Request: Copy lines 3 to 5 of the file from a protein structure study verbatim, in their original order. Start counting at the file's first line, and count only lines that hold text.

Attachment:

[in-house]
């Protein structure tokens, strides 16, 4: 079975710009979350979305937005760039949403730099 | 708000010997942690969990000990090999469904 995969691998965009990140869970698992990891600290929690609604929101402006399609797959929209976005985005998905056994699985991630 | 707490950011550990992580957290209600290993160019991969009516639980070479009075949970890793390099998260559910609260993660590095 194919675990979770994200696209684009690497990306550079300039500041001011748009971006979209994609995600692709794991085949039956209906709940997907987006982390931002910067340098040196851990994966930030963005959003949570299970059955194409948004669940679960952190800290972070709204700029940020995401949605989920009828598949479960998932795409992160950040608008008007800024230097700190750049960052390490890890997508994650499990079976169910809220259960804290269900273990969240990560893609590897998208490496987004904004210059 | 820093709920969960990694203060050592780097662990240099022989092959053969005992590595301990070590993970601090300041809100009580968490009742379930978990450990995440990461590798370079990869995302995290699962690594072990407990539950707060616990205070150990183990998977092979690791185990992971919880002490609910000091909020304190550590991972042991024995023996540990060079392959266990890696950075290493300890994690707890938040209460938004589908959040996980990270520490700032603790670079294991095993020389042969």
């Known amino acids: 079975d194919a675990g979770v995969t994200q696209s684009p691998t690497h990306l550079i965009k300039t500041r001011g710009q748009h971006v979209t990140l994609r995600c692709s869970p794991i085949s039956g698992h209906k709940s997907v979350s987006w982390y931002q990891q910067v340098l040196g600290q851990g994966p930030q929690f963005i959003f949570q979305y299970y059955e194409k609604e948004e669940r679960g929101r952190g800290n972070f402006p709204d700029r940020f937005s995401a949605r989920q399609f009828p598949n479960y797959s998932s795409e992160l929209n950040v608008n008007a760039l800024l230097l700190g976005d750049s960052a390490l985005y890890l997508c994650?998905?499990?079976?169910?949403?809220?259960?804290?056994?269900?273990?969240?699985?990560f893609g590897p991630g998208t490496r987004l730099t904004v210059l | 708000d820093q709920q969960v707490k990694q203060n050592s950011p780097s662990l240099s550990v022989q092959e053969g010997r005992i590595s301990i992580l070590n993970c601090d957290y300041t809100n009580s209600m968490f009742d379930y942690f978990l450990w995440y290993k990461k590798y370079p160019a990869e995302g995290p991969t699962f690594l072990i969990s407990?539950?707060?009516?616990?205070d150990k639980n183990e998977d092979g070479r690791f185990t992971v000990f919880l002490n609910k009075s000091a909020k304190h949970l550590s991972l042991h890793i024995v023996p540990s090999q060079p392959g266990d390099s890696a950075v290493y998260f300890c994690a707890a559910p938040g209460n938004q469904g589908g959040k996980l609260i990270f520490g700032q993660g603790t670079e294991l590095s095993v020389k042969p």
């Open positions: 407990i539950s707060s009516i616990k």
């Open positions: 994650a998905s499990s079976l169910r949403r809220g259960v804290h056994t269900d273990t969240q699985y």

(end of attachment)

């Known amino acids: 079975d194919a675990g979770v995969t994200q696209s684009p691998t690497h990306l550079i965009k300039t500041r001011g710009q748009h971006v979209t990140l994609r995600c692709s869970p794991i085949s039956g698992h209906k709940s997907v979350s987006w982390y931002q990891q910067v340098l040196g600290q851990g994966p930030q929690f963005i959003f949570q979305y299970y059955e194409k609604e948004e669940r679960g929101r952190g800290n972070f402006p709204d700029r940020f937005s995401a949605r989920q399609f009828p598949n479960y797959s998932s795409e992160l929209n950040v608008n008007a760039l800024l230097l700190g976005d750049s960052a390490l985005y890890l997508c994650?998905?499990?079976?169910?949403?809220?259960?804290?056994?269900?273990?969240?699985?990560f893609g590897p991630g998208t490496r987004l730099t904004v210059l | 708000d820093q709920q969960v707490k990694q203060n050592s950011p780097s662990l240099s550990v022989q092959e053969g010997r005992i590595s301990i992580l070590n993970c601090d957290y300041t809100n009580s209600m968490f009742d379930y942690f978990l450990w995440y290993k990461k590798y370079p160019a990869e995302g995290p991969t699962f690594l072990i969990s407990?539950?707060?009516?616990?205070d150990k639980n183990e998977d092979g070479r690791f185990t992971v000990f919880l002490n609910k009075s000091a909020k304190h949970l550590s991972l042991h890793i024995v023996p540990s090999q060079p392959g266990d390099s890696a950075v290493y998260f300890c994690a707890a559910p938040g209460n938004q469904g589908g959040k996980l609260i990270f520490g700032q993660g603790t670079e294991l590095s095993v020389k042969p």
């Open positions: 407990i539950s707060s009516i616990k």
């Open positions: 994650a998905s499990s079976l169910r949403r809220g259960v804290h056994t269900d273990t969240q699985y």